Home arrow PHP arrow Creating an Error Handling Module for a PHP 5 File Uploader

Creating an Error Handling Module for a PHP 5 File Uploader

Welcome to the third chapter of the series “Building file uploaders with PHP 5.” Comprised of five approachable tutorials, this series teaches you the fundamentals of constructing file uploading applications with PHP 5. It also complements the corresponding theoretical concepts with numerous hands-on examples. In this third tutorial of the series, I’m going to show you how to incorporate a brand new error checking module into the file uploading PHP script created in the last article.

TABLE OF CONTENTS:
  1. Creating an Error Handling Module for a PHP 5 File Uploader
  2. Performing file uploads without checking errors
  3. Creating an effective error handling module
  4. Listing the complete source code of the improved file uploading application
By: Alejandro Gervasio
Rating: starstarstarstarstar / 2
April 02, 2008

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As with many other topics related to the development of modern web applications, PHP makes file uploading a no-brainer process, even for those programmers who are just starting to familiarize themselves with the basics of this popular language. Fortunately, the intrinsic flexibility of PHP permits us to build file uploading applications using a procedural approach and the object-oriented paradigm. Thus, if you're interested in learning how to implement file uploads by way of a few simple functions and classes, then don't waste more time and start reading this article series now!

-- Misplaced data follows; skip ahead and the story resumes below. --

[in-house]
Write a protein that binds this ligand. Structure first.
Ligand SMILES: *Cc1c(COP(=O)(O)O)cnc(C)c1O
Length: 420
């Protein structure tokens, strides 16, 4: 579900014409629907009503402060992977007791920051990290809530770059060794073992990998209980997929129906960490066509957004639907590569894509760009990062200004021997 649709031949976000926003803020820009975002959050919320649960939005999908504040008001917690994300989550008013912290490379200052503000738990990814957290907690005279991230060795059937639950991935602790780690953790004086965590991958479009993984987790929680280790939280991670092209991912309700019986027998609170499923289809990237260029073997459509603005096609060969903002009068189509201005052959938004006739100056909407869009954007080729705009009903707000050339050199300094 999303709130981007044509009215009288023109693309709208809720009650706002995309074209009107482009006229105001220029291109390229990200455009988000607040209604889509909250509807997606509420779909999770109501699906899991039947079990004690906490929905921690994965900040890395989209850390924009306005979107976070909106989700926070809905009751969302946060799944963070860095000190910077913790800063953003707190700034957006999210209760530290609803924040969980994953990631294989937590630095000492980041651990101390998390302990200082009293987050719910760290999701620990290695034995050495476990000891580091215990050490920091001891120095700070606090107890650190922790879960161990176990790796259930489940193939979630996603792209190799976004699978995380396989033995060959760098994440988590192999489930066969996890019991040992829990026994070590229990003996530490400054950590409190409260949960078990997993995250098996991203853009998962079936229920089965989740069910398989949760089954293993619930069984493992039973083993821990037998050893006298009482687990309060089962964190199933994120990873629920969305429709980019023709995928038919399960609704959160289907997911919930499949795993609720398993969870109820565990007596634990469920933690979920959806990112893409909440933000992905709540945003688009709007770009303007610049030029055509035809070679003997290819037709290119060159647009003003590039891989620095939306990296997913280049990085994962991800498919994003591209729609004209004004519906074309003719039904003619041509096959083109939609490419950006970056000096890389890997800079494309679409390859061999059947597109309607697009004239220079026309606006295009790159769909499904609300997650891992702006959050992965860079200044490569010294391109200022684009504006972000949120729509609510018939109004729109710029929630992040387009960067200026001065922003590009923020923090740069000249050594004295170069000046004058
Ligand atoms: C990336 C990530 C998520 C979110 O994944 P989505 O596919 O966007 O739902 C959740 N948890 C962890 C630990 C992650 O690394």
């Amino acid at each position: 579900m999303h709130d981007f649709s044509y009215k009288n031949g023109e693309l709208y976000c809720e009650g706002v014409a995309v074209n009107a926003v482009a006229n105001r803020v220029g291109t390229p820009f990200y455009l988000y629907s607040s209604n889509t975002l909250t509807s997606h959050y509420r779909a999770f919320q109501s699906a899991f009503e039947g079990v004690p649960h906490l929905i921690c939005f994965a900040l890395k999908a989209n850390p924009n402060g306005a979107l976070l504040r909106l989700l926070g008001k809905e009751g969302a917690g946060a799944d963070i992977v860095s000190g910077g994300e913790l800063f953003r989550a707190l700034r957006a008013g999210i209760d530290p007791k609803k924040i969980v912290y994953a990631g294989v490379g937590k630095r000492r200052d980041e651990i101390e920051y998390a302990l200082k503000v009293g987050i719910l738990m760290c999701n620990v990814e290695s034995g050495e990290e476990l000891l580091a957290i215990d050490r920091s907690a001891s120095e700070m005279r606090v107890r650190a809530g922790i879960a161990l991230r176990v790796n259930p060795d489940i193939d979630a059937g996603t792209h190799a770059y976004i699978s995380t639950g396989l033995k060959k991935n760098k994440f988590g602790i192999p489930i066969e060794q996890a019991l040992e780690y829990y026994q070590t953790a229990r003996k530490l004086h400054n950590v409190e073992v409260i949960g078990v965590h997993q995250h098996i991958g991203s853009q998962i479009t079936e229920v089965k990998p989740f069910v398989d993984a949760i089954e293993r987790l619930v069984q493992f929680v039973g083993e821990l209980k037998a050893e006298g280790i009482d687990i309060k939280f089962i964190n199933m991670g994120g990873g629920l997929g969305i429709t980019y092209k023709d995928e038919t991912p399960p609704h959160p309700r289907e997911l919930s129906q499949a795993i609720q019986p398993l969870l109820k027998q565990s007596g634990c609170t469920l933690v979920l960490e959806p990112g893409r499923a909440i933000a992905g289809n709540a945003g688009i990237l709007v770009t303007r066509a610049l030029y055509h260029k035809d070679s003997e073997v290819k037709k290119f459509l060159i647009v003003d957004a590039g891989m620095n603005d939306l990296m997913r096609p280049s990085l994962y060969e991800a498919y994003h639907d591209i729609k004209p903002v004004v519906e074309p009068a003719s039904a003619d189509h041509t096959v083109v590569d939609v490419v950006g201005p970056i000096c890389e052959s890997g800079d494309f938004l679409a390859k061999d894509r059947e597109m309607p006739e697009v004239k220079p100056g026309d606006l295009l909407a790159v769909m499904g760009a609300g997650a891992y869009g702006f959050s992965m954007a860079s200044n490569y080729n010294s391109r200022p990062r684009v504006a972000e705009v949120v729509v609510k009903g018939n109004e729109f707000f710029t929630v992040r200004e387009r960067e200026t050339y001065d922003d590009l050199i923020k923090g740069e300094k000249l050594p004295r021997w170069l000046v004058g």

Now that you're familiar with the goal of this article series, I'd like to spend a few moments rehashing the topics that were treated in the last article, in case you haven't the chance to read it. In simple terms, I explained how to build a rudimentary file uploading application that was given the ability to display useful information about an uploaded file, including its MIME type and size expressed in bytes, and its temporary name and client names as well.

This capacity was introduced into the script in question via the $_FILES super global array, which provides detailed information on each file uploading process performed with PHP. However, it's fair to highlight an important point regarding the use of this array: it also includes a handy element that stores different error codes when a file has been uploaded to the web server. As you may have guessed, it's possible to use this set of error numbers to implement an efficient error handling module that keeps track of the different failures that might occur during a specific file upload.

It's time to dispose of the preliminaries and learn how to create the aforementioned error processing module in a few easy steps. Let's go!



 
 
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